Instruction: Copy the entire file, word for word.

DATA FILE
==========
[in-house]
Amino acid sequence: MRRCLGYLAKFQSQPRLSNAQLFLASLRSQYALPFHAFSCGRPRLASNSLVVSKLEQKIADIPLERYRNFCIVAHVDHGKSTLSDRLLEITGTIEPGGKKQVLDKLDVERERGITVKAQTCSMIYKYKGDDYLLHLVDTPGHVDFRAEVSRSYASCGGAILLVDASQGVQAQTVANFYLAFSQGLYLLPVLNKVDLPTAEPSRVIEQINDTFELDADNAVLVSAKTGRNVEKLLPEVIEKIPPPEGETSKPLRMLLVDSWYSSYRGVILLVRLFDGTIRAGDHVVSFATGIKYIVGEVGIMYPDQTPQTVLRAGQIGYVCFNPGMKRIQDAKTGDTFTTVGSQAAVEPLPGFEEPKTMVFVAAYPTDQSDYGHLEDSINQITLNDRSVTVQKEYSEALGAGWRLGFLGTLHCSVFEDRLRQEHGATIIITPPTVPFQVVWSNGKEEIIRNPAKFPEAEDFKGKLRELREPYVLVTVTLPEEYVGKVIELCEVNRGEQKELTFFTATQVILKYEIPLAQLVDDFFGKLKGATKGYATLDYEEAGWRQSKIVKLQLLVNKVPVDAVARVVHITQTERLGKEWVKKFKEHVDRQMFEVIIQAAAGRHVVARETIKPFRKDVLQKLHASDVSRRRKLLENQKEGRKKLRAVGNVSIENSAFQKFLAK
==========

[in-house]
Amino acid sequence: MRRCLGYLAKFQSQPRLSNAQLFLASLRSQYALPFHAFSCGRPRLASNSLVVSKLEQKIADIPLERYRNFCIVAHVDHGKSTLSDRLLEITGTIEPGGKKQVLDKLDVERERGITVKAQTCSMIYKYKGDDYLLHLVDTPGHVDFRAEVSRSYASCGGAILLVDASQGVQAQTVANFYLAFSQGLYLLPVLNKVDLPTAEPSRVIEQINDTFELDADNAVLVSAKTGRNVEKLLPEVIEKIPPPEGETSKPLRMLLVDSWYSSYRGVILLVRLFDGTIRAGDHVVSFATGIKYIVGEVGIMYPDQTPQTVLRAGQIGYVCFNPGMKRIQDAKTGDTFTTVGSQAAVEPLPGFEEPKTMVFVAAYPTDQSDYGHLEDSINQITLNDRSVTVQKEYSEALGAGWRLGFLGTLHCSVFEDRLRQEHGATIIITPPTVPFQVVWSNGKEEIIRNPAKFPEAEDFKGKLRELREPYVLVTVTLPEEYVGKVIELCEVNRGEQKELTFFTATQVILKYEIPLAQLVDDFFGKLKGATKGYATLDYEEAGWRQSKIVKLQLLVNKVPVDAVARVVHITQTERLGKEWVKKFKEHVDRQMFEVIIQAAAGRHVVARETIKPFRKDVLQKLHASDVSRRRKLLENQKEGRKKLRAVGNVSIENSAFQKFLAK